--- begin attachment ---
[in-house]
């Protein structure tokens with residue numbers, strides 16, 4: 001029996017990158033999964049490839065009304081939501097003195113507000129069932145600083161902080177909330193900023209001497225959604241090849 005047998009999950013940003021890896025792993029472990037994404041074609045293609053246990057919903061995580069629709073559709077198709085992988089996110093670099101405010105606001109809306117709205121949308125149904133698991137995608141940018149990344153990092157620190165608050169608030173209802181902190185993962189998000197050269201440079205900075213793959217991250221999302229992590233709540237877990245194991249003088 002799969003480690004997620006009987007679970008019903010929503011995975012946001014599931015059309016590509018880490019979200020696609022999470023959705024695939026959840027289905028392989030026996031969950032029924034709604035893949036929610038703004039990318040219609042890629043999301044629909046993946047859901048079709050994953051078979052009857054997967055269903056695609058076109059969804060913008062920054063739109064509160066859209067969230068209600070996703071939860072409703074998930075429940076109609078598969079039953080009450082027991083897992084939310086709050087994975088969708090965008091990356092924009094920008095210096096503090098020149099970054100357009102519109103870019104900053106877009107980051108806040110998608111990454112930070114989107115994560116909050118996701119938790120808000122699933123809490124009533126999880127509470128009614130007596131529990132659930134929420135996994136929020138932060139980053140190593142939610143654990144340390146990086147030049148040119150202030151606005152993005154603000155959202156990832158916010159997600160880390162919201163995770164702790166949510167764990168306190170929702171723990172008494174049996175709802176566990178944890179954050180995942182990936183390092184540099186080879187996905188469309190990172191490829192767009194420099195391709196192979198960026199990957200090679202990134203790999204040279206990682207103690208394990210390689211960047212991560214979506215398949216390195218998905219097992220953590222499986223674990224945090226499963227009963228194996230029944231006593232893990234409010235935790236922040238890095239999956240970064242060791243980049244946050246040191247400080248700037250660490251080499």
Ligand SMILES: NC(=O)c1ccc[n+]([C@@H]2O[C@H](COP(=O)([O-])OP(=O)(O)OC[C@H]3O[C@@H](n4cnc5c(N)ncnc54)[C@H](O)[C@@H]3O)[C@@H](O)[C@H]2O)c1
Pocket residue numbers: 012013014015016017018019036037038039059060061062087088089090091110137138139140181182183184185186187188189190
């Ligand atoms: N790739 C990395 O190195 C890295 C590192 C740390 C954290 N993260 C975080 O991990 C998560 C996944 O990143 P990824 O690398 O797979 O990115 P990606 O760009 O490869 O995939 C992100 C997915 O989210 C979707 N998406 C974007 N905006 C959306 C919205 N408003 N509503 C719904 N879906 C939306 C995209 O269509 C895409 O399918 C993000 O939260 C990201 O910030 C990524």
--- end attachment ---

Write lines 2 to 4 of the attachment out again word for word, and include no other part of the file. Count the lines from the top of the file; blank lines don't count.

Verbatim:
């Protein structure tokens with residue numbers, strides 16, 4: 001029996017990158033999964049490839065009304081939501097003195113507000129069932145600083161902080177909330193900023209001497225959604241090849 005047998009999950013940003021890896025792993029472990037994404041074609045293609053246990057919903061995580069629709073559709077198709085992988089996110093670099101405010105606001109809306117709205121949308125149904133698991137995608141940018149990344153990092157620190165608050169608030173209802181902190185993962189998000197050269201440079205900075213793959217991250221999302229992590233709540237877990245194991249003088 002799969003480690004997620006009987007679970008019903010929503011995975012946001014599931015059309016590509018880490019979200020696609022999470023959705024695939026959840027289905028392989030026996031969950032029924034709604035893949036929610038703004039990318040219609042890629043999301044629909046993946047859901048079709050994953051078979052009857054997967055269903056695609058076109059969804060913008062920054063739109064509160066859209067969230068209600070996703071939860072409703074998930075429940076109609078598969079039953080009450082027991083897992084939310086709050087994975088969708090965008091990356092924009094920008095210096096503090098020149099970054100357009102519109103870019104900053106877009107980051108806040110998608111990454112930070114989107115994560116909050118996701119938790120808000122699933123809490124009533126999880127509470128009614130007596131529990132659930134929420135996994136929020138932060139980053140190593142939610143654990144340390146990086147030049148040119150202030151606005152993005154603000155959202156990832158916010159997600160880390162919201163995770164702790166949510167764990168306190170929702171723990172008494174049996175709802176566990178944890179954050180995942182990936183390092184540099186080879187996905188469309190990172191490829192767009194420099195391709196192979198960026199990957200090679202990134203790999204040279206990682207103690208394990210390689211960047212991560214979506215398949216390195218998905219097992220953590222499986223674990224945090226499963227009963228194996230029944231006593232893990234409010235935790236922040238890095239999956240970064242060791243980049244946050246040191247400080248700037250660490251080499």
Ligand SMILES: NC(=O)c1ccc[n+]([C@@H]2O[C@H](COP(=O)([O-])OP(=O)(O)OC[C@H]3O[C@@H](n4cnc5c(N)ncnc54)[C@H](O)[C@@H]3O)[C@@H](O)[C@H]2O)c1
Pocket residue numbers: 012013014015016017018019036037038039059060061062087088089090091110137138139140181182183184185186187188189190